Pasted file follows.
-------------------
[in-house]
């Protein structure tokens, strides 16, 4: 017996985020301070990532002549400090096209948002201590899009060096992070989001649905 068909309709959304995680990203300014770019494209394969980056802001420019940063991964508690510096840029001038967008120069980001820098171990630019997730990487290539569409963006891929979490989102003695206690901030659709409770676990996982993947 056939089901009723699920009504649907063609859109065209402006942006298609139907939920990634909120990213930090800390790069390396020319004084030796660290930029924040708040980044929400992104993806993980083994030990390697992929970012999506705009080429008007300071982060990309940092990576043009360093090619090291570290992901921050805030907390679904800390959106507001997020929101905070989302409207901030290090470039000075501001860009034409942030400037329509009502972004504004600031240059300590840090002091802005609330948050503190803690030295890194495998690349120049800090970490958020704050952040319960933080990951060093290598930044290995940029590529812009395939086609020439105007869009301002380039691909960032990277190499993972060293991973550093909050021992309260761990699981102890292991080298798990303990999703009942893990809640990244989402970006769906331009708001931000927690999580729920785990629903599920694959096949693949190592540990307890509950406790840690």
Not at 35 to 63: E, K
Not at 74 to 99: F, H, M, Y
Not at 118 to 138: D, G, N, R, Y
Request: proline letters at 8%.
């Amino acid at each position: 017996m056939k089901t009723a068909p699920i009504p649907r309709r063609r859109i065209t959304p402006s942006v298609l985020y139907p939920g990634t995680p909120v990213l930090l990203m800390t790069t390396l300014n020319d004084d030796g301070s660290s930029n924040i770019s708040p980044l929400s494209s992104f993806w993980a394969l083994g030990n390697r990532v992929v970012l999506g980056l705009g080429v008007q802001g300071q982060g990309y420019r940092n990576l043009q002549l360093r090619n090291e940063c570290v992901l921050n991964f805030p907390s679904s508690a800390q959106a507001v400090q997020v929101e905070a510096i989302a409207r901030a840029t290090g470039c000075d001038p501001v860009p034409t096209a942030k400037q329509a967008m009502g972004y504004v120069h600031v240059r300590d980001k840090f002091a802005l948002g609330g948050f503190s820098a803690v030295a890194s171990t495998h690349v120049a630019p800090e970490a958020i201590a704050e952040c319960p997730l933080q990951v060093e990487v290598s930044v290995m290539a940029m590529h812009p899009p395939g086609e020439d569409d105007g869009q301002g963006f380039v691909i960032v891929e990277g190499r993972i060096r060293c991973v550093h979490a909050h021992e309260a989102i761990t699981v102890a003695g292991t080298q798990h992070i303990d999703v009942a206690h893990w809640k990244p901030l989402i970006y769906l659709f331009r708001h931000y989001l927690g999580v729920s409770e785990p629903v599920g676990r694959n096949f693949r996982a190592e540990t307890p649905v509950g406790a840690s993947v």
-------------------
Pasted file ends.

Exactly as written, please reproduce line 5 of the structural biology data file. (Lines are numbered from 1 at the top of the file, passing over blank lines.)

Not at 118 to 138: D, G, N, R, Y